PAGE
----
# Total order

In mathematics, a total or linear order is a partial order in which any two elements are comparable. That is, a total order is a binary relation ${\displaystyle \leq }$ on some set ${\displaystyle X}$, which satisfies the following for all ${\displaystyle a,b}$ and ${\displaystyle c}$ in ${\displaystyle X}$:

1. ${\displaystyle a\leq a}$ (reflexive).
2. If ${\displaystyle a\leq b}$ and ${\displaystyle b\leq c}$ then ${\displaystyle a\leq c}$ (transitive).
3. If ${\displaystyle a\leq b}$ and ${\displaystyle b\leq a}$ then ${\displaystyle a=b}$ (antisymmetric).
4. ${\displaystyle a\leq b}$ or ${\displaystyle b\leq a}$ (strongly connected, formerly called total).

Total orders are sometimes also called simple,[1] connex,[2] or full orders.[3]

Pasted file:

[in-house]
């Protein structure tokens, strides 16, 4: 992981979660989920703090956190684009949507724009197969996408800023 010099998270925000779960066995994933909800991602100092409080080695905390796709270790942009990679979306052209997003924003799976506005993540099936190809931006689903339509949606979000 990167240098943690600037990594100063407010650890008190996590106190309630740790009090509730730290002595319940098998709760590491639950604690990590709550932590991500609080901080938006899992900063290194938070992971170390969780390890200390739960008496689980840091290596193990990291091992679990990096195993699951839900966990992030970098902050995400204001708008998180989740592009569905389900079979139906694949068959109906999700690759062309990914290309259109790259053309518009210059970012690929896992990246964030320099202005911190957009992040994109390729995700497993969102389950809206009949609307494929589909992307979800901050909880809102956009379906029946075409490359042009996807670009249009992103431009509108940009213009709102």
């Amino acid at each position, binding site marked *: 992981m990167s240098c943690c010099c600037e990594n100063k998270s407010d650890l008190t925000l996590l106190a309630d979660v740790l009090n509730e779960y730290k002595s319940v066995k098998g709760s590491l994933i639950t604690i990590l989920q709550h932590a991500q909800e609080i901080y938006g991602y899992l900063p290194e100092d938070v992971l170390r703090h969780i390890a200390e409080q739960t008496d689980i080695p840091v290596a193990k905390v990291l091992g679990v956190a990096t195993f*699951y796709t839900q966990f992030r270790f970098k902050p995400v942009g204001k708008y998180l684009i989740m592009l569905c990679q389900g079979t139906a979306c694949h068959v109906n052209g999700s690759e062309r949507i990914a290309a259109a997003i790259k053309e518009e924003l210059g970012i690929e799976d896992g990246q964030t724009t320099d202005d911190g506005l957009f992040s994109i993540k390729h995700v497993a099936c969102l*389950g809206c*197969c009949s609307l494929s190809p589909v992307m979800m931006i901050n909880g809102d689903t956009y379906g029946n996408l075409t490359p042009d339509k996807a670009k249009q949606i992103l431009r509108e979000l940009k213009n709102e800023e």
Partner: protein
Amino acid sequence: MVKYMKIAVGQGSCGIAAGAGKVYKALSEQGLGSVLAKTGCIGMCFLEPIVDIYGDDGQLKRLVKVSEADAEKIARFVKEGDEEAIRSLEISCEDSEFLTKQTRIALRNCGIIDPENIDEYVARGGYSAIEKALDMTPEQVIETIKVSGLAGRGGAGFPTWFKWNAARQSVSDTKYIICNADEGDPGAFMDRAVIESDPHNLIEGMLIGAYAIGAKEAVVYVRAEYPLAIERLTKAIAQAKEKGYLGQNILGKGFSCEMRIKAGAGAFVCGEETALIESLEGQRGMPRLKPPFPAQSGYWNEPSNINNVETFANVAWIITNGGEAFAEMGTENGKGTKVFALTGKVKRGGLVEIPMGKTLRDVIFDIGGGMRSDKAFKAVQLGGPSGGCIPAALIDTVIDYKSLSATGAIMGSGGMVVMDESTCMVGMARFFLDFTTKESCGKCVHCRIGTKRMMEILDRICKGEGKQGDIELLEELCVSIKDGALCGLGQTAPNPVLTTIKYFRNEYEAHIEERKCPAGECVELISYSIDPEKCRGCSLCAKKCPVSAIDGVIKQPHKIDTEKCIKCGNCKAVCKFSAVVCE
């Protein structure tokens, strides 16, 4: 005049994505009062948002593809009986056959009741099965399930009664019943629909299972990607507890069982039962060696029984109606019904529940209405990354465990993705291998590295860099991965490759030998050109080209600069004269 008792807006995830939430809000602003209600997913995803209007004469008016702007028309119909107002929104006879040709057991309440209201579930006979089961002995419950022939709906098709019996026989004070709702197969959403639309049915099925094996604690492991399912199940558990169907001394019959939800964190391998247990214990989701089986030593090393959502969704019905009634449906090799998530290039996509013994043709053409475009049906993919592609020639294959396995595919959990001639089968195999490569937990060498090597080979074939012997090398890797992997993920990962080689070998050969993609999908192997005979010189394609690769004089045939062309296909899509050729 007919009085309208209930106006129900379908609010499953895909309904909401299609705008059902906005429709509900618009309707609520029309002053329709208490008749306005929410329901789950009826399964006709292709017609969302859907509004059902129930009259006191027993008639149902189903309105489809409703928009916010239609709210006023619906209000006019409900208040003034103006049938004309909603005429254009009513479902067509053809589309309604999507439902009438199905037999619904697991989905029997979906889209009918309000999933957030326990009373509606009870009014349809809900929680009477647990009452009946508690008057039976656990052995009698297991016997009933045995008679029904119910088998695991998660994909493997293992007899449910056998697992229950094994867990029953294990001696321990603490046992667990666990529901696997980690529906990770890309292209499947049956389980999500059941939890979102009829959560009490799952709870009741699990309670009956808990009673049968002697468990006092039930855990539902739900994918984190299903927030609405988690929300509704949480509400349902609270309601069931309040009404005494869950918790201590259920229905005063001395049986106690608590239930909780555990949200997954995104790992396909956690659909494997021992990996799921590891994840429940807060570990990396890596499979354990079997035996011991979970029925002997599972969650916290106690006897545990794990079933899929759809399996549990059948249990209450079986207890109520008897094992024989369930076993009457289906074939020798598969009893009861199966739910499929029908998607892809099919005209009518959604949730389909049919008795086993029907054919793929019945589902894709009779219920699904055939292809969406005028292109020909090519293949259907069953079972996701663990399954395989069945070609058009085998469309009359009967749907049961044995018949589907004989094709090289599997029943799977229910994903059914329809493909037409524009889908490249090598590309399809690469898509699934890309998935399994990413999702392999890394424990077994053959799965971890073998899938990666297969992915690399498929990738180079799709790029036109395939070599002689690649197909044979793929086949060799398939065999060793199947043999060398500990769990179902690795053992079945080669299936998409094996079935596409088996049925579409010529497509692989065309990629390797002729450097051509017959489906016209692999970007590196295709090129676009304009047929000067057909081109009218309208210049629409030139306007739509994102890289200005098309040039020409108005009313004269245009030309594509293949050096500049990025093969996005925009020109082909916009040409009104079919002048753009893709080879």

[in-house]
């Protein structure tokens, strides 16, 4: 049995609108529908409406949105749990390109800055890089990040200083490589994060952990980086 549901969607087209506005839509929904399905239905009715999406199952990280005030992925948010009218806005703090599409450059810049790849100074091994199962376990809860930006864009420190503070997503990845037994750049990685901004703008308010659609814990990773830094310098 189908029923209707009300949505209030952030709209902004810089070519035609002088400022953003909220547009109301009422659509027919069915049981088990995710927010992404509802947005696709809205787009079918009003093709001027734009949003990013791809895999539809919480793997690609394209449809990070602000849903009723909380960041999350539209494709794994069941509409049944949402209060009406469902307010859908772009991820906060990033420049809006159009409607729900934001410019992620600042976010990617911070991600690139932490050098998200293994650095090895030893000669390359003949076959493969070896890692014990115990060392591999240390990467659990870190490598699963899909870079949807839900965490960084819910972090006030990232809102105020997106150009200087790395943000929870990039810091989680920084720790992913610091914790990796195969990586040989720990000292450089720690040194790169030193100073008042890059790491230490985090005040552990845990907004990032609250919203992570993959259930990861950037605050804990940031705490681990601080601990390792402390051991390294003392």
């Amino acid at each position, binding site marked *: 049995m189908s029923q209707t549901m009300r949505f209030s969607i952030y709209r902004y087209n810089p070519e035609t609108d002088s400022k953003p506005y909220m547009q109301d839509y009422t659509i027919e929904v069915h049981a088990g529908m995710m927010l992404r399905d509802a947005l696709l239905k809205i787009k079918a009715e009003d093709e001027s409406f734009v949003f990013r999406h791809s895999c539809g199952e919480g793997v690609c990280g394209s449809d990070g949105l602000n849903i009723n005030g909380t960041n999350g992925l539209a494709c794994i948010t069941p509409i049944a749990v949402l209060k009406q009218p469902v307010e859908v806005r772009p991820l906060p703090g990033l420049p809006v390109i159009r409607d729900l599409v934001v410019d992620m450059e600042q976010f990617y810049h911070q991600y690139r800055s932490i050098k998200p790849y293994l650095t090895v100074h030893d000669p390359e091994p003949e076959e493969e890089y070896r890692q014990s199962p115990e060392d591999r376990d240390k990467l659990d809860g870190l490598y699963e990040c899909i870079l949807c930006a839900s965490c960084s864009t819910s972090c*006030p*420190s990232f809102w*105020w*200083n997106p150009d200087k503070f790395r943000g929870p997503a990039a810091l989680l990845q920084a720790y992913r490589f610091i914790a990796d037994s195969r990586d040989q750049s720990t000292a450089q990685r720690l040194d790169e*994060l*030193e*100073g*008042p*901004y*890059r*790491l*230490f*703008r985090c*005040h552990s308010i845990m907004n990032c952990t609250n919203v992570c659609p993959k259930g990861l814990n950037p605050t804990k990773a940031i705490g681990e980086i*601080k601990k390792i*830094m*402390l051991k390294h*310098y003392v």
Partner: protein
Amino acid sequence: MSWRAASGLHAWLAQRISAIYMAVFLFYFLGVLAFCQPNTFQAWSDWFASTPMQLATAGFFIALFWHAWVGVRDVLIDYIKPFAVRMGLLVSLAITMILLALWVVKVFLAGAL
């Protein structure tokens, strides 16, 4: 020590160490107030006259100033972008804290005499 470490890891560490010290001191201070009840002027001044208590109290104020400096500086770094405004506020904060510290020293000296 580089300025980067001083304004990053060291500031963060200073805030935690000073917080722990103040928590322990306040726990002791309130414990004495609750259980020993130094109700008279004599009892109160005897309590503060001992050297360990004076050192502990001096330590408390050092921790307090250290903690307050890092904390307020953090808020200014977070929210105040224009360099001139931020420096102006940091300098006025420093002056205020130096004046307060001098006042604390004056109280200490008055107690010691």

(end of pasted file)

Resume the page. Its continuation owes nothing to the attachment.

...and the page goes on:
A set equipped with a total order is a totally ordered set;[4] the terms simply ordered set,[1] linearly ordered set,[2][4] and loset[5][6] are also used. The term chain is sometimes defined as a synonym of totally ordered set,[4] but refers generally to some sort of totally ordered subsets of a given partially ordered set.

An extension of a given partial order to a total order is called a linear extension of that partial order.